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Energy Efficiency

An Industrial Age Company Delivers 21st Century Climate Solutions

Angela Loria

Any company that once sold a product to Thomas Edison can’t exactly lay claim to being part of the younger generation of American businesses. But it can deliver innovative, 21st-century technologies designed to transform the battle against a changing climate, which is what Babcock & Wilcox has in mind with its new ClimateBright product line.

ClimateBright, unveiled in May, is a suite of decarbonization technologies designed to help utilities and industrial clients combat greenhouse gas emissions (GHG) and a changing climate by capturing carbon dioxide and producing hydrogen. The technologies can be used in a variety of industries, ranging from energy production and food manufacturing to steel, cement, oil and gas, pharmaceuticals, petrochemicals, and pulp and paper.

Photo Courtesy Science in HD

Babcock & Wilcox officials aren’t shy about trumpeting the potential impact of ClimateBright. “Our ClimateBright technologies can change the world,” Chairman and CEO Kenneth Young said in a press release announcing the new suite.

One way it can do that is by helping customers meet the United Nations sustainability goal of net-zero GHG emissions by 2050–something Young said his company is uniquely qualified to do.

Photo Courtesy Mathias P.R. Reding

“Through advanced research and development, combined with joint efforts with the U.S. Department of Energy and various universities, Babcock & Wilcox has unparalleled experience in clean energy solutions–backed by more than 90 active patents for carbon capture alone–and has the expertise and technology to lead the world’s next industrial revolution toward a zero-carbon future,” he said.

“We are currently working with many clients to determine the best carbon capture solution based on their specific needs.”

The ClimateBright suite includes four different technologies: BrightLoop SolveBright, OxyBright, and BrightGen. Each offers different solutions:

  • BrightLoopis a chemical looping technology that can produce hydrogen, steam or synthetic gas from a variety of fuels or feedstocks while isolating CO2 for capture or other industrial purposes.
  • SolveBright is a regenerable solvent technology for carbon capture processes that are designed to be flexible with a variety of solvents or optimized to a specific solvent, depending on customers’ needs.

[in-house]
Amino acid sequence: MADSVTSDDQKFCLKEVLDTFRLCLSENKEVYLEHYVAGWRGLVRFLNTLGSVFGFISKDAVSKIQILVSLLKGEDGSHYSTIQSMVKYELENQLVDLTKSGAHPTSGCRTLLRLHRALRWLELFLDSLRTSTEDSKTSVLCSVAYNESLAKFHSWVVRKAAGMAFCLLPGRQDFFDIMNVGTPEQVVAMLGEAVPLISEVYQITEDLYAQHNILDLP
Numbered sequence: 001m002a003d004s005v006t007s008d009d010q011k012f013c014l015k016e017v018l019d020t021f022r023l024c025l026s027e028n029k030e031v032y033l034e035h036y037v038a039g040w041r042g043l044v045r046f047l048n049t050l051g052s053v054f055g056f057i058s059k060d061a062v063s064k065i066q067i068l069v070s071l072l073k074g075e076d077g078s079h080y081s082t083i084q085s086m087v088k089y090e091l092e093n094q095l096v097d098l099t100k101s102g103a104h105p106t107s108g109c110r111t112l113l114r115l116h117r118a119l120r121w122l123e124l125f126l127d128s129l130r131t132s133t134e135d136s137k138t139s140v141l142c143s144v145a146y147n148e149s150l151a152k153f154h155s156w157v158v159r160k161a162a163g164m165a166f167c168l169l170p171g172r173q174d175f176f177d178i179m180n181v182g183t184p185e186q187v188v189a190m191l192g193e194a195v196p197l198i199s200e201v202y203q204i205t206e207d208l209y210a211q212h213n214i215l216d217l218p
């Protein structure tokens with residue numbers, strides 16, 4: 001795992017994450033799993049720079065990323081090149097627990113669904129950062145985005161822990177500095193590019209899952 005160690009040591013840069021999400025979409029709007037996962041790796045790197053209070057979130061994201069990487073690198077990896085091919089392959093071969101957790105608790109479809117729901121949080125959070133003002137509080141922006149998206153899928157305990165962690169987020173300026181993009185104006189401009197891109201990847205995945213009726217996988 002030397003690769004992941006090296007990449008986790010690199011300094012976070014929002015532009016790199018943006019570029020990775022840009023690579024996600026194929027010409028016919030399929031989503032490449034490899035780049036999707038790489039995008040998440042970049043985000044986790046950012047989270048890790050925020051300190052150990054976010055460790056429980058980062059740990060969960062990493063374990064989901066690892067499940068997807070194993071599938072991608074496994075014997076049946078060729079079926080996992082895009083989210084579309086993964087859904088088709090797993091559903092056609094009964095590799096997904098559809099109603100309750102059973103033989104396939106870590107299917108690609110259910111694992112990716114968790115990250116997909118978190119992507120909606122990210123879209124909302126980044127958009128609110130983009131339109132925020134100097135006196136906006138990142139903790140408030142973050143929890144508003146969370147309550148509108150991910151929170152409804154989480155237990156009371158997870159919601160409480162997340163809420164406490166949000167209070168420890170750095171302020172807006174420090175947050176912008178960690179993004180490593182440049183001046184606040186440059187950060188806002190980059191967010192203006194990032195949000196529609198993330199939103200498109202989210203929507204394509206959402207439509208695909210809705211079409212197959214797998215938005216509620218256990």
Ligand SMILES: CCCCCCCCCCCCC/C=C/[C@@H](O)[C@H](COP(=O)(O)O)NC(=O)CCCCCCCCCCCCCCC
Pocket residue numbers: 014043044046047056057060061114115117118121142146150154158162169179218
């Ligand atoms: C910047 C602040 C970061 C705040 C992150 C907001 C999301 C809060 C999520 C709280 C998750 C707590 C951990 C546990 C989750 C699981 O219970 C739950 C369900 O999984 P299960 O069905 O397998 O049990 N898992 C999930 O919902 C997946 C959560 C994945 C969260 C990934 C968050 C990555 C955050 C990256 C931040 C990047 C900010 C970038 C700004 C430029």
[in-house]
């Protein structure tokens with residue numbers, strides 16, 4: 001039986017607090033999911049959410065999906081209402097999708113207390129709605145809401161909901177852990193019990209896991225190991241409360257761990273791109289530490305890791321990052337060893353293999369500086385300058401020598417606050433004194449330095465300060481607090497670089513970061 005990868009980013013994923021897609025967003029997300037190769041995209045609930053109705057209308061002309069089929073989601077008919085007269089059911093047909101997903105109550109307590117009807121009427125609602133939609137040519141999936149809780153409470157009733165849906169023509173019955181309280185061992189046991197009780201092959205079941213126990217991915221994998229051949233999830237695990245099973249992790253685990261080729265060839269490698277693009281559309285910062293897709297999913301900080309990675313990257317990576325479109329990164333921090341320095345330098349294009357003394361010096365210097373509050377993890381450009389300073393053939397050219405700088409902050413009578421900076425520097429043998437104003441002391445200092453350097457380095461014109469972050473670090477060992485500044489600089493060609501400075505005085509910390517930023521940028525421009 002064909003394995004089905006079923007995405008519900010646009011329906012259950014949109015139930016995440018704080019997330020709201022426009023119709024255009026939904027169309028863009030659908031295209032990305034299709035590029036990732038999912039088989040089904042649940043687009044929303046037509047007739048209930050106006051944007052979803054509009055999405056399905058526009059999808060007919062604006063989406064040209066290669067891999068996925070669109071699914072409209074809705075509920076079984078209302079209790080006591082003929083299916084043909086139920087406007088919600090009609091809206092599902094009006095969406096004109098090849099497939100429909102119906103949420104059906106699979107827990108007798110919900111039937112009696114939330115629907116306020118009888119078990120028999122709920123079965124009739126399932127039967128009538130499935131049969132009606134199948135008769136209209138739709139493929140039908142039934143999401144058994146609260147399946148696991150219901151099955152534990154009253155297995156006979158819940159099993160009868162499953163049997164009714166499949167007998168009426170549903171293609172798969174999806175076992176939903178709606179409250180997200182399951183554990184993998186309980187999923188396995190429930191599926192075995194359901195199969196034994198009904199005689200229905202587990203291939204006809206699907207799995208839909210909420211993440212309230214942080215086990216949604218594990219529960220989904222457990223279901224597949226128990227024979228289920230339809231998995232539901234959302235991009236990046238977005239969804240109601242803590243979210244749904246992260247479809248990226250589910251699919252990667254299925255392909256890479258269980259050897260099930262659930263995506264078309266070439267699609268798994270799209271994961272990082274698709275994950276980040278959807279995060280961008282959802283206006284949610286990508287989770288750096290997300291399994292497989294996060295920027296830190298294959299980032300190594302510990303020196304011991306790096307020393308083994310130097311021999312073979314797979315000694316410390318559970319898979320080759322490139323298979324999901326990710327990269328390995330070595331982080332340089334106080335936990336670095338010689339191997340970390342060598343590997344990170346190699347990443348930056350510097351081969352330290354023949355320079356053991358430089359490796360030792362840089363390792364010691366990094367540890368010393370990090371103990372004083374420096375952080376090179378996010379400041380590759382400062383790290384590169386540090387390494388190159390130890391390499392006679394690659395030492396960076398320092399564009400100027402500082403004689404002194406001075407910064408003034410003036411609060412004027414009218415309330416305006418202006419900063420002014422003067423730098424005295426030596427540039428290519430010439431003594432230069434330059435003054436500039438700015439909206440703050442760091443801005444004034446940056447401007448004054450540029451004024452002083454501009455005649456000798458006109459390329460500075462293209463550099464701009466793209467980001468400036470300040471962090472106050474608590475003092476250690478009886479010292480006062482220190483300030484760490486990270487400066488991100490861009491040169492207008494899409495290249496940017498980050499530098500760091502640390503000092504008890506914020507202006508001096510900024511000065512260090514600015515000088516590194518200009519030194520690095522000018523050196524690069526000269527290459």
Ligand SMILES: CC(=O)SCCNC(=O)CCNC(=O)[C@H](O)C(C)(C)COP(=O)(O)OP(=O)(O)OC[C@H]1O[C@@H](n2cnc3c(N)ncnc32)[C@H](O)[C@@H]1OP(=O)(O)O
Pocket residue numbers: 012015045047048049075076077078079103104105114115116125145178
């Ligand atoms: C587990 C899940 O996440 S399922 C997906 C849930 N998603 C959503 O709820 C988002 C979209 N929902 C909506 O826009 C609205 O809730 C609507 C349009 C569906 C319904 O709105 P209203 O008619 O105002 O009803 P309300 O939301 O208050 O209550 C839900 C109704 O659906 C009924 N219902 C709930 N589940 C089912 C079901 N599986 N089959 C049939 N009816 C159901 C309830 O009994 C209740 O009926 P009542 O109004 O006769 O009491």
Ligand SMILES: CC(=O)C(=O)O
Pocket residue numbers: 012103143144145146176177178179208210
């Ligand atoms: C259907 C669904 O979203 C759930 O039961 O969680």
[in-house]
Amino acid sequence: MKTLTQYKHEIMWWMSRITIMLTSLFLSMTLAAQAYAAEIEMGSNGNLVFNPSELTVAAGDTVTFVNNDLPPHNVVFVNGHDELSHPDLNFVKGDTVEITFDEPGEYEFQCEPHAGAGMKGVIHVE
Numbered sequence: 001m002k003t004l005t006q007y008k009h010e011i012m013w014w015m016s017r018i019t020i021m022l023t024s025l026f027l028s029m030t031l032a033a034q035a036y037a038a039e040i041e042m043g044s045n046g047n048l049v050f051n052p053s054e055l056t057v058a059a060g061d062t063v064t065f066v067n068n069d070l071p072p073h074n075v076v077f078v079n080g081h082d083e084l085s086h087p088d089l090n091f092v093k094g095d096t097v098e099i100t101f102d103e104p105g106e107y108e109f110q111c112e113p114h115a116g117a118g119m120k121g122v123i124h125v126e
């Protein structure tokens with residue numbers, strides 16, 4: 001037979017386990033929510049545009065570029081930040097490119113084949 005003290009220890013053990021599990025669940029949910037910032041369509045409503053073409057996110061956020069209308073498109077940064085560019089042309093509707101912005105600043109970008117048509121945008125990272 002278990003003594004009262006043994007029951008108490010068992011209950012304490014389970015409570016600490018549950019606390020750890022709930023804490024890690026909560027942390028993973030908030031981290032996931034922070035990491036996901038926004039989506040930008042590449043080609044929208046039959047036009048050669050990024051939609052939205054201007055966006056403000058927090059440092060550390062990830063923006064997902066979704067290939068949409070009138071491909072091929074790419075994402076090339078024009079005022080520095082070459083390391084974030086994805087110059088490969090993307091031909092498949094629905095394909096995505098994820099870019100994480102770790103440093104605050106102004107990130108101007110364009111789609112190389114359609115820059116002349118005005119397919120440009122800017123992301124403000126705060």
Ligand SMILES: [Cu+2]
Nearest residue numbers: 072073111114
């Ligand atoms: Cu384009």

• OxyBright is a combustion process that uses oxygen instead of air in CO2 isolation and sequestration applications.
  • BrightGenis a hydrogen combustion technology designed for utility and industrial applications where the goal is generating efficient, zero-carbon dioxide energy emissions.

ClimateBright expands Babcock & Wilcox’s existing suite of sustainable products, which includes waste-to-energy technologies such as DynaGrate. DynaGrate is used to combat landfill methane–a greenhouse gas that is 84 times more powerful than CO2–while simultaneously generating clean, sustainable energy. Babcock & Wilcox’s suite of WTE technologies is installed in hundreds of plants around the world, with a combined capacity of more than 48 million tons of waste annually.

“Combating a changing climate through the reduction of carbon and methane emissions is perhaps the greatest challenge of our time and Babcock & Wilcox is well-prepared for that challenge,” Young said.

His company has a long history of helping industrial clients solve problems.

Babcock & Wilcox got its start in 1867 in Providence, Rhode Island, with one patent for a water boiler that was designed to operate more safely and efficiently than competing products. Eleven years later, Thomas Edison purchased Babcock & Wilcox boiler No. 92 for his laboratory in Menlo Park, New Jersey.

Today the company is based in Akron, Ohio, and trades on the New York Stock Exchange under the ticker symbol “BW.” It logged revenues of $566 million in 2020 and is on track to produce a similar number this year. Although B&W continues to operate at a loss, those losses have narrowed considerably in recent years, and the company is moving closer to profitability.

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